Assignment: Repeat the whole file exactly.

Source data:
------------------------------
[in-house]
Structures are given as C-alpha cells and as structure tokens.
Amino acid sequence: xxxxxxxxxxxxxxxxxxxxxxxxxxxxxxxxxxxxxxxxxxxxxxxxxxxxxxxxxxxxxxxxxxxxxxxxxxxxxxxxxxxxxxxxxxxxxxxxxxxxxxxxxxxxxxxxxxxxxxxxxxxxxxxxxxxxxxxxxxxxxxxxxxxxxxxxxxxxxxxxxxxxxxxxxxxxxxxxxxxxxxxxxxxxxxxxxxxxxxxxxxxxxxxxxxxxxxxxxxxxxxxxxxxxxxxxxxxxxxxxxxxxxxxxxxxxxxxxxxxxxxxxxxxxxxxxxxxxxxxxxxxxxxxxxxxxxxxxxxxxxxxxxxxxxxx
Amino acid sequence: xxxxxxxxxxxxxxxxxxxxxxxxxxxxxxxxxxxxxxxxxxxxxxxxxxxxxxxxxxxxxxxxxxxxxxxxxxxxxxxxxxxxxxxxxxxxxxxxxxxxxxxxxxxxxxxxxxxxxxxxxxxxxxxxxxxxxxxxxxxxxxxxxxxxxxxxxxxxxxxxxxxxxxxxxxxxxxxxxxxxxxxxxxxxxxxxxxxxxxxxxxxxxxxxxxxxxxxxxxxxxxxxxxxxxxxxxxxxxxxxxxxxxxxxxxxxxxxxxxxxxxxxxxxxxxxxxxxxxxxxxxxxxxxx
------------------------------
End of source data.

[in-house]
Structures are given as C-alpha cells and as structure tokens.
Amino acid sequence: xxxxxxxxxxxxxxxxxxxxxxxxxxxxxxxxxxxxxxxxxxxxxxxxxxxxxxxxxxxxxxxxxxxxxxxxxxxxxxxxxxxxxxxxxxxxxxxxxxxxxxxxxxxxxxxxxxxxxxxxxxxxxxxxxxxxxxxxxxxxxxxxxxxxxxxxxxxxxxxxxxxxxxxxxxxxxxxxxxxxxxxxxxxxxxxxxxxxxxxxxxxxxxxxxxxxxxxxxxxxxxxxxxxxxxxxxxxxxxxxxxxxxxxxxxxxxxxxxxxxxxxxxxxxxxxxxxxxxxxxxxxxxxxxxxxxxxxxxxxxxxxxxxxxxxx
Amino acid sequence: xxxxxxxxxxxxxxxxxxxxxxxxxxxxxxxxxxxxxxxxxxxxxxxxxxxxxxxxxxxxxxxxxxxxxxxxxxxxxxxxxxxxxxxxxxxxxxxxxxxxxxxxxxxxxxxxxxxxxxxxxxxxxxxxxxxxxxxxxxxxxxxxxxxxxxxxxxxxxxxxxxxxxxxxxxxxxxxxxxxxxxxxxxxxxxxxxxxxxxxxxxxxxxxxxxxxxxxxxxxxxxxxxxxxxxxxxxxxxxxxxxxxxxxxxxxxxxxxxxxxxxxxxxxxxxxxxxxxxxxxxxxxxxxx